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Modern Slavery Act 2015: government response to transparency in supply chains consultation

On 22 September 2020, the UK government published a response (Response) to its transparency in supply chains consultation.  It is a legal requirement for certain commercial organisations to produce an annual slavery and human trafficking statement (Statement).  The Home Office’s Transparency in Supply Chains Guidance (Guidance) complements the MSA by setting out guidance and best practices on this requirement. The government has now made various proposals in the Response aimed at improving the reporting process, the key ones being:

  • Legislating for the contents of Statements. The MSA currently lists areas that organisations may want to include in their Statement. The government is proposing that these suggestions are codified into legislation, making them mandatory issues that the Statement must cover.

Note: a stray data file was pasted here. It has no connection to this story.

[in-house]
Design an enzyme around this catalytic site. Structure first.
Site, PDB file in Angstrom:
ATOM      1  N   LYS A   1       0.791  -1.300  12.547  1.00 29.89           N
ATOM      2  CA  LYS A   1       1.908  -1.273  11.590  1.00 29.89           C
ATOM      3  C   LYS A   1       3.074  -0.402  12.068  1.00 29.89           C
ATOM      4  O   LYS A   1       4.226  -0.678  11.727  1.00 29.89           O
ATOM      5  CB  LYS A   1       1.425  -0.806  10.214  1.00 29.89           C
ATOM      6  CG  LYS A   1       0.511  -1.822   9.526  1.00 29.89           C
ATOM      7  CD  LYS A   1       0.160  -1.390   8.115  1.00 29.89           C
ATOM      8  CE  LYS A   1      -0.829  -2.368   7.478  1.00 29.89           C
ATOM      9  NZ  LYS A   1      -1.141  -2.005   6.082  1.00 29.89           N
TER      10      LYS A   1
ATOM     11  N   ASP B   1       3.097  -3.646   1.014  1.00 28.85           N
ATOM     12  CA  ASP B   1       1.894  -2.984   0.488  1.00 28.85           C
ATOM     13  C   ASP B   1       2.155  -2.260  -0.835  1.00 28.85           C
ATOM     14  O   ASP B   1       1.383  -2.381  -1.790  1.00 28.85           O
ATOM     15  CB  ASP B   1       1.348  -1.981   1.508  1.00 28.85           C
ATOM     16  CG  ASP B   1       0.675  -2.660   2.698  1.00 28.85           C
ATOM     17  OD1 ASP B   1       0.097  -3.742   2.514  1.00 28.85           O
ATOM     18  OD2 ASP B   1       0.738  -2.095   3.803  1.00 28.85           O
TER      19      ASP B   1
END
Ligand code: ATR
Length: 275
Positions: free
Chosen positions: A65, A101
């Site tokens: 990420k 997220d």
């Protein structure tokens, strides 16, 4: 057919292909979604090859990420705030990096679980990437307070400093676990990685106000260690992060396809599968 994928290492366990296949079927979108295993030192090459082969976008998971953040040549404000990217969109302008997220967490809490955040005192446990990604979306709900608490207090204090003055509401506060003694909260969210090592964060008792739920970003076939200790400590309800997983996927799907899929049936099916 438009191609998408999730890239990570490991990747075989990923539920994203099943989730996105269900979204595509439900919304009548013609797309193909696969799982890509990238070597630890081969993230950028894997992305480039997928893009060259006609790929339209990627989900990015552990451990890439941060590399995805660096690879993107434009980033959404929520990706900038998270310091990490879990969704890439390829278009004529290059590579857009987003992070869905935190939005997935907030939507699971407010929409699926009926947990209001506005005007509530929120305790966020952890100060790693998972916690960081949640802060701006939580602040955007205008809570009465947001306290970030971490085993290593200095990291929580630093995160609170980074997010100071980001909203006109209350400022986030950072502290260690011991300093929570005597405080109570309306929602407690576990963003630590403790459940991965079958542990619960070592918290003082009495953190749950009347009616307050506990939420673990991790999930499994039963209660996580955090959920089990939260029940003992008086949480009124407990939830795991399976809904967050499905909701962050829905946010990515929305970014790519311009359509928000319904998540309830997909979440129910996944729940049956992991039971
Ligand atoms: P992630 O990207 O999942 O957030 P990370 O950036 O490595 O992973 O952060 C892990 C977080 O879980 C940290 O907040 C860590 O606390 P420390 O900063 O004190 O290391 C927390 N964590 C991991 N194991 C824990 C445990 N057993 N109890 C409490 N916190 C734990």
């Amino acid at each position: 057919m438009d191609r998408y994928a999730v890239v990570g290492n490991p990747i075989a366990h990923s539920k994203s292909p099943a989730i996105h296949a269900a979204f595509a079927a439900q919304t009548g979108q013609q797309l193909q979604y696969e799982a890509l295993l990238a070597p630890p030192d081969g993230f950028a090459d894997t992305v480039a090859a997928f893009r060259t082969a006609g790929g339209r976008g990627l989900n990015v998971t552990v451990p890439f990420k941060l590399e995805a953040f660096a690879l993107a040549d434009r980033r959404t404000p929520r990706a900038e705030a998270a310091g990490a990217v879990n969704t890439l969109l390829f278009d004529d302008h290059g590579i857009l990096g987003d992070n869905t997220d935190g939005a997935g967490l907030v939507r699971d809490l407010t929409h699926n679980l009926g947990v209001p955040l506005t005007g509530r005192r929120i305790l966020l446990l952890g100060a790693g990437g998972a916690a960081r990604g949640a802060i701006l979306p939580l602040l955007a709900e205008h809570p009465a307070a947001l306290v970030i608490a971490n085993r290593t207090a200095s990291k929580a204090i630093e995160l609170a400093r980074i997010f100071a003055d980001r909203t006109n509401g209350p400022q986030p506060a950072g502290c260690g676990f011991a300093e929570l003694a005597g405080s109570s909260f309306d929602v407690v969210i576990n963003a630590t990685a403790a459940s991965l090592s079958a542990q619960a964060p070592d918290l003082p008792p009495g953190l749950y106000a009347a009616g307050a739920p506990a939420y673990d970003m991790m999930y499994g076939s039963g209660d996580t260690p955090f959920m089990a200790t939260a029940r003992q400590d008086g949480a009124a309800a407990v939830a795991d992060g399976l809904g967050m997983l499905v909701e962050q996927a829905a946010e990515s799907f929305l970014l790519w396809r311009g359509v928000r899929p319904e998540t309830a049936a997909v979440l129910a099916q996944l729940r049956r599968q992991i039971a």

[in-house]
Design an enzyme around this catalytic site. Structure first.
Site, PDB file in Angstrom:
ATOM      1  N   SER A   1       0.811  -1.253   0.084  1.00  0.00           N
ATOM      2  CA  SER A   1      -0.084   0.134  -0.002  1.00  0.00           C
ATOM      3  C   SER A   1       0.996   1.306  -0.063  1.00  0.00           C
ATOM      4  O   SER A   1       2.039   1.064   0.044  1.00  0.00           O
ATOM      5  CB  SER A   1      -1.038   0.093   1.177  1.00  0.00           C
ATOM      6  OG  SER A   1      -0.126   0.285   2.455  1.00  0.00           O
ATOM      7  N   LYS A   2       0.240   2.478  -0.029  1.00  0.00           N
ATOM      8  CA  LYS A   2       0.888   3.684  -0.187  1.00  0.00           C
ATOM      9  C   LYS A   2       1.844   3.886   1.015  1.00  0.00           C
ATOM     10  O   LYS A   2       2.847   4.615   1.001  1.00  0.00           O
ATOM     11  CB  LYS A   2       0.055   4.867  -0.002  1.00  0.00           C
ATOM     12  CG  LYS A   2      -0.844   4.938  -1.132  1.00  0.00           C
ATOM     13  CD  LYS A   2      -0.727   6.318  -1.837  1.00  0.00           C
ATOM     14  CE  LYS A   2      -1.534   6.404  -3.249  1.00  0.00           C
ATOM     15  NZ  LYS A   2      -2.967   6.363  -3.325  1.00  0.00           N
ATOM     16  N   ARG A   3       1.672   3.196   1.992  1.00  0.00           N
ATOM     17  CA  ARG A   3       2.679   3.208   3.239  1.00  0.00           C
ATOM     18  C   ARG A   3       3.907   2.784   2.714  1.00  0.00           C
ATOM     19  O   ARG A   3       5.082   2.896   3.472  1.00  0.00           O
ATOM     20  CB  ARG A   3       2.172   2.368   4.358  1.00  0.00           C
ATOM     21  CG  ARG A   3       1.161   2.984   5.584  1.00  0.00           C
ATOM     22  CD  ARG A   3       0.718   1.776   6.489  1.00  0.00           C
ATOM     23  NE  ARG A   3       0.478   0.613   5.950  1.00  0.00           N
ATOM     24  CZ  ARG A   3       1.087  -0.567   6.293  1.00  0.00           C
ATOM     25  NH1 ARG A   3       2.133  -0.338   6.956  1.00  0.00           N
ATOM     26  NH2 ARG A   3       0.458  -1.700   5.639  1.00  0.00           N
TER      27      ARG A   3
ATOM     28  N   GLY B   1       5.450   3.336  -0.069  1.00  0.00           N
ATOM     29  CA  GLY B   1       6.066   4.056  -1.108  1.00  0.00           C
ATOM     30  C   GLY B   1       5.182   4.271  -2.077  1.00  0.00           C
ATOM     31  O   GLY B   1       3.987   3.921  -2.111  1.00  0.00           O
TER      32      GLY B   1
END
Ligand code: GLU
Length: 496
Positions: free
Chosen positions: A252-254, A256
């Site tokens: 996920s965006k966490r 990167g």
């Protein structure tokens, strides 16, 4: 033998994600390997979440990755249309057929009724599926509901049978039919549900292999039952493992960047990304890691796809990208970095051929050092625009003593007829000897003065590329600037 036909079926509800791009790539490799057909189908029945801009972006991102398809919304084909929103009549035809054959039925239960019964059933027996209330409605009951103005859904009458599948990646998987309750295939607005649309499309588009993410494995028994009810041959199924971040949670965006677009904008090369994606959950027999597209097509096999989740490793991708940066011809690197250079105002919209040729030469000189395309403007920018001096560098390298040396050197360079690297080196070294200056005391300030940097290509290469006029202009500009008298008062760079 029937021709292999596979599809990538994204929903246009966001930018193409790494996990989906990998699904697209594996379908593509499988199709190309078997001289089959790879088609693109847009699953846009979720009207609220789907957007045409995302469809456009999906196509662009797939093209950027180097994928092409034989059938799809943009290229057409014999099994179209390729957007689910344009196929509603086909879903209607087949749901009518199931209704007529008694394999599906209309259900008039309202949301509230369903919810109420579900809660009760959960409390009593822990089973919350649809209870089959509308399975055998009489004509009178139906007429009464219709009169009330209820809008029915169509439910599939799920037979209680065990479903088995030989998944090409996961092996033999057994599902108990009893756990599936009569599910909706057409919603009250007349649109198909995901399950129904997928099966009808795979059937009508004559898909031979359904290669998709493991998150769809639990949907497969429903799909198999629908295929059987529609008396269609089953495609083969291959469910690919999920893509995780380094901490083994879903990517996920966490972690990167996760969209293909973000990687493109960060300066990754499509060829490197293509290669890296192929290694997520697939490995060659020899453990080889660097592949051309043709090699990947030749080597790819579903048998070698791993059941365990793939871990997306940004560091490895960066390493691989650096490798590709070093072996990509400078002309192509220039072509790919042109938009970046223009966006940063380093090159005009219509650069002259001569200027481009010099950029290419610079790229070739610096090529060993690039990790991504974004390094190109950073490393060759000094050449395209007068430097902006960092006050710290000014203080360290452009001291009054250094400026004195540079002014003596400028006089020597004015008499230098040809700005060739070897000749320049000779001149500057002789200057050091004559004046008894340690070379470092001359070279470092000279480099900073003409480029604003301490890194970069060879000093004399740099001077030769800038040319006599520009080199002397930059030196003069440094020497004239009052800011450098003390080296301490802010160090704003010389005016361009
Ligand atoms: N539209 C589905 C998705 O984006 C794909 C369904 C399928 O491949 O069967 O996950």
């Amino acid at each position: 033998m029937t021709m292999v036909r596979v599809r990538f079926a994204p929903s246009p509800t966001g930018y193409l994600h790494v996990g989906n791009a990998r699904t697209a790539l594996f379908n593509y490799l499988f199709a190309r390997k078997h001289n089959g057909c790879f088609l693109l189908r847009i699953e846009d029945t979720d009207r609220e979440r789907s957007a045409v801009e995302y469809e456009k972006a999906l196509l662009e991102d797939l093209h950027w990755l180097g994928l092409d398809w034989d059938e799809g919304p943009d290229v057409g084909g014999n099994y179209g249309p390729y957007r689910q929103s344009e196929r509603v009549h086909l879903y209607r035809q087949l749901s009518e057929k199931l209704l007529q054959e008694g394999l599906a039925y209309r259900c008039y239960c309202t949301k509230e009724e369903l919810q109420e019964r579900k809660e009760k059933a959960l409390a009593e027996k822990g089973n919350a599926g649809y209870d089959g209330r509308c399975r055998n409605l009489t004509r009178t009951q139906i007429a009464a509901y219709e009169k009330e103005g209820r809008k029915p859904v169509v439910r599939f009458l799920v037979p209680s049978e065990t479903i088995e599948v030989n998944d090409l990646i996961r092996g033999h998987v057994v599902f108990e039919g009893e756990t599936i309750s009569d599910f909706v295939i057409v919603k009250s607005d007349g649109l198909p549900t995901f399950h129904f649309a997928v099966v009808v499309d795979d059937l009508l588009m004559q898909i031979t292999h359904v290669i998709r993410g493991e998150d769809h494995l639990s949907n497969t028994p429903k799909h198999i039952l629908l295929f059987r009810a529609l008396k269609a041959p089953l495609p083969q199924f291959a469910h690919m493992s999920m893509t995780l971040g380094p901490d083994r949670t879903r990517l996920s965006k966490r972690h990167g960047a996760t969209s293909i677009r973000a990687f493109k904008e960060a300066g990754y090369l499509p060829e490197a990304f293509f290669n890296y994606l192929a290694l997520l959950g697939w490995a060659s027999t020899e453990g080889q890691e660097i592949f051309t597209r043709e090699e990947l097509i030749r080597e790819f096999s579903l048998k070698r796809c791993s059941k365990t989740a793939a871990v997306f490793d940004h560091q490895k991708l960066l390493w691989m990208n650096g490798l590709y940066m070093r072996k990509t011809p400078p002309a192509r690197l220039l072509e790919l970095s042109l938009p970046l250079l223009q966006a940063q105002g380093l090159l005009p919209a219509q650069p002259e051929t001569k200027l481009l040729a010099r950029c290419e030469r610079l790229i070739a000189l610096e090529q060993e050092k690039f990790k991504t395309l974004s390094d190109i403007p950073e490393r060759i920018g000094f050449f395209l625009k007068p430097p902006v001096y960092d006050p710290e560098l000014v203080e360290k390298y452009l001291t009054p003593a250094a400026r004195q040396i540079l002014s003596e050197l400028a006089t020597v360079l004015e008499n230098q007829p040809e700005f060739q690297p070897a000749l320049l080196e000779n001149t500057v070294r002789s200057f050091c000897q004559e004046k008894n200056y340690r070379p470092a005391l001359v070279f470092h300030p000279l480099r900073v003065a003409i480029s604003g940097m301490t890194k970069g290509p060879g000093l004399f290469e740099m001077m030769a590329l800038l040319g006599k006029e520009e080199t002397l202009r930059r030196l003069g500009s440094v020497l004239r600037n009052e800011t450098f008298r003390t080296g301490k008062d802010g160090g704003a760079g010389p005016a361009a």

• Legislating for Statements to include the date of when the Statement was approved by the organisation and when it was signed by the relevant person. This would translate the recommended best practice in the Guidance into law.
  • Introducing a new statutory single reporting deadline. There is currently no statutory prescribed time limit on when an organisation must publish its Statement. In the government’s view, requiring organisations to publish their Statement by a fixed deadline would make it easier to compare the activities and progress of similar organisations for the same defined period.
  • Requiring organisations to publish their Statements on a government-run website. The MSA currently provides for organisations to publish Statements on their own websites. The proposal is that this existing requirement is kept, meaning that Statements will be published on both an organisation’s website and a new government-run website.

The Response also proposes a significant change to the remit of the current legal requirement by extending it to include public bodies that meet a specific budget threshold. Currently, government initiatives and measures to improve transparency within its own supply chains are voluntary.

The Response does not provide a timetable for implementing these proposals. Instead, it states that “for all measures which require legislative change, the Home Office’s intention is to introduce this when parliamentary time allows”.